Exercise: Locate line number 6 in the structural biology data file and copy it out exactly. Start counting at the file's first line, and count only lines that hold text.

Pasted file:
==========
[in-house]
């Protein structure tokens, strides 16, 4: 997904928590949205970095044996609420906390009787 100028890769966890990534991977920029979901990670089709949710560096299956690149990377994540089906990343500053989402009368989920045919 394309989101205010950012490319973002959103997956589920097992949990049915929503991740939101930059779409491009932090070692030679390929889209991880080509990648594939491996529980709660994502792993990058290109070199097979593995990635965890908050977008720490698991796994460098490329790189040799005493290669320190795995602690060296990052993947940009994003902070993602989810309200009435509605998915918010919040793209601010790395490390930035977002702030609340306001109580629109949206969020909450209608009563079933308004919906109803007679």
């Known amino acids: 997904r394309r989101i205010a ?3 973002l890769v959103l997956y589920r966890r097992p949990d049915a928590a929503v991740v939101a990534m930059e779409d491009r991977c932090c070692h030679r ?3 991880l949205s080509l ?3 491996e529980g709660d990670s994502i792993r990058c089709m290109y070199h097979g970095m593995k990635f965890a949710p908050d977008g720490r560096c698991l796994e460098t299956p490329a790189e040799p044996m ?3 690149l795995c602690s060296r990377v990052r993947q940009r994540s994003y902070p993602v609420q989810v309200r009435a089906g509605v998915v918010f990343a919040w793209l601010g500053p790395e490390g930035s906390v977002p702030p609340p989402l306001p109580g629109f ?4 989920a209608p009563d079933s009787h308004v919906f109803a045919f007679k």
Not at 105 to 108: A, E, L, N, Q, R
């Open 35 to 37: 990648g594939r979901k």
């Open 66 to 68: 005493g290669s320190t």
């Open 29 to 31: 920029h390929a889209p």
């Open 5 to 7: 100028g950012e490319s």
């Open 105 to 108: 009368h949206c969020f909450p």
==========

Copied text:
């Open 66 to 68: 005493g290669s320190t």